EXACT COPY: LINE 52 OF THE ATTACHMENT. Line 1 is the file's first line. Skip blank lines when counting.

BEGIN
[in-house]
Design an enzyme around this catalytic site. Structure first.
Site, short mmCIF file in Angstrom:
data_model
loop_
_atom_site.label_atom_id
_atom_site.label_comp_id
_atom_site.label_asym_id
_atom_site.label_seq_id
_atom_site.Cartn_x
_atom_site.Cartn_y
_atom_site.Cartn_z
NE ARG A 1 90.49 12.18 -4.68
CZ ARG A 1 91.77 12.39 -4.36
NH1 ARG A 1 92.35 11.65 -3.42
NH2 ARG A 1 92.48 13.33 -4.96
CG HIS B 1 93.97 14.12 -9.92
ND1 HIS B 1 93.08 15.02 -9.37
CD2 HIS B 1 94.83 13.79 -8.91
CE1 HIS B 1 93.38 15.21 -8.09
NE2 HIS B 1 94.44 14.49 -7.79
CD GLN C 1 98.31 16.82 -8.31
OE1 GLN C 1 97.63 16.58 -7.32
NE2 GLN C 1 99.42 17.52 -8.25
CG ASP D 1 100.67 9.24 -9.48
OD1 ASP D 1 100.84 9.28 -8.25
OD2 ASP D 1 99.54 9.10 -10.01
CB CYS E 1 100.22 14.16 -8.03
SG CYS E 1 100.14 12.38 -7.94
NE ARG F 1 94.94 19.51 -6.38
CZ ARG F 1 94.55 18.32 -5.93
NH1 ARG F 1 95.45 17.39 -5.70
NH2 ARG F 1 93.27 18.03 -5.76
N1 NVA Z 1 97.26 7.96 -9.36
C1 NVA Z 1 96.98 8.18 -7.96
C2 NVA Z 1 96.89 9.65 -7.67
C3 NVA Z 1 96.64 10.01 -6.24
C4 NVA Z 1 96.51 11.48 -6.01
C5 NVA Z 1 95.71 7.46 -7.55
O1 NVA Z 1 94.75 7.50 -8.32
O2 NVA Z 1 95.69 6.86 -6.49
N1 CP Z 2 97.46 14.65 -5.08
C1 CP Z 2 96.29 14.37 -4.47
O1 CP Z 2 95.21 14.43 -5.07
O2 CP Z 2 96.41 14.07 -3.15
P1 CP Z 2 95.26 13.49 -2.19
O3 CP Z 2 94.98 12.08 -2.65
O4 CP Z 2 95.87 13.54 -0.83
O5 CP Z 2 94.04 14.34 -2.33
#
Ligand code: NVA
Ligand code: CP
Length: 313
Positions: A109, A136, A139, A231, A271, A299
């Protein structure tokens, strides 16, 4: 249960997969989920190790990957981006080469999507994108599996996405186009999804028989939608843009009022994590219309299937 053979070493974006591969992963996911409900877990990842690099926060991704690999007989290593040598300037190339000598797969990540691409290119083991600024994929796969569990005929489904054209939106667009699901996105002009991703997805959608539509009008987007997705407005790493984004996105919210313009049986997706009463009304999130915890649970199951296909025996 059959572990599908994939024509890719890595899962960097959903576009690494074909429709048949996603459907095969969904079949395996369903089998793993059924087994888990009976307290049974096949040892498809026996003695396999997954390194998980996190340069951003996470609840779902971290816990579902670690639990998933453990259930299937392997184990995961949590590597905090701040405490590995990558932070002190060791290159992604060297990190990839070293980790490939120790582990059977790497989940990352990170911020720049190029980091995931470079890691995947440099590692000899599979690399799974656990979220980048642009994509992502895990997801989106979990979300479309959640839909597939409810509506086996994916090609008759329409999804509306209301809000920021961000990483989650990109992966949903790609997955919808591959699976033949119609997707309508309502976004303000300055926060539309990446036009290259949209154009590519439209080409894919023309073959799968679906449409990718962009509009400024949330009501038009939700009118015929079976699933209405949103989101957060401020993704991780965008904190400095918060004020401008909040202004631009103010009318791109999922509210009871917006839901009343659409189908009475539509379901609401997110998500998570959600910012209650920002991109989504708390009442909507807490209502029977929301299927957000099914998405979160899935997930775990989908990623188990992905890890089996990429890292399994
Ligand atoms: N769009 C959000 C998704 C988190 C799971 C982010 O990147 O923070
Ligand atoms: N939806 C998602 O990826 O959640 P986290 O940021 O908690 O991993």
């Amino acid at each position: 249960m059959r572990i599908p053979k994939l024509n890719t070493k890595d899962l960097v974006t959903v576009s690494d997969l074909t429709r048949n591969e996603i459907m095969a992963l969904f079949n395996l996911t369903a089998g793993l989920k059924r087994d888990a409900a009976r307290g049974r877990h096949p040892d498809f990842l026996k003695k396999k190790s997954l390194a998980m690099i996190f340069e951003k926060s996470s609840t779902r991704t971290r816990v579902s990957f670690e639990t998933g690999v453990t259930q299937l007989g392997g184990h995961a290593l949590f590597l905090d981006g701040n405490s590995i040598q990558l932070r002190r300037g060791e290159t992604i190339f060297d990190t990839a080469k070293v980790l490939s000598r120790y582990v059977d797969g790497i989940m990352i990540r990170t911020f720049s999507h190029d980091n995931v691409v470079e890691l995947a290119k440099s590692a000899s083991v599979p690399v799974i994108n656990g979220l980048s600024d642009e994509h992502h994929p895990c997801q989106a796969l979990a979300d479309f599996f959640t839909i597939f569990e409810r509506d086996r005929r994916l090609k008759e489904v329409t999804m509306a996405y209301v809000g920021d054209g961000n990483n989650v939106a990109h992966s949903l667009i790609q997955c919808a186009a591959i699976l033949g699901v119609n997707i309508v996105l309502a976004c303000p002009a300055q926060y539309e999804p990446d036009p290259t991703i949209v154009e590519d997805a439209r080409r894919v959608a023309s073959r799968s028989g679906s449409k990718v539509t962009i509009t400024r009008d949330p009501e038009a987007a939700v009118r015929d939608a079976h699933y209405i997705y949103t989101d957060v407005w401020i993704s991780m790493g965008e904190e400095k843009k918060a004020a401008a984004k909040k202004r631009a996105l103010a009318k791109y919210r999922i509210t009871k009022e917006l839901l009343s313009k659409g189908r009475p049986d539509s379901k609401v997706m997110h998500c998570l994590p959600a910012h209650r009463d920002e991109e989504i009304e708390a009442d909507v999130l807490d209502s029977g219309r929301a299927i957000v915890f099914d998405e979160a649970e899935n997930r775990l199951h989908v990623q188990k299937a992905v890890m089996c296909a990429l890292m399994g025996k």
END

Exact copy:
Ligand code: CP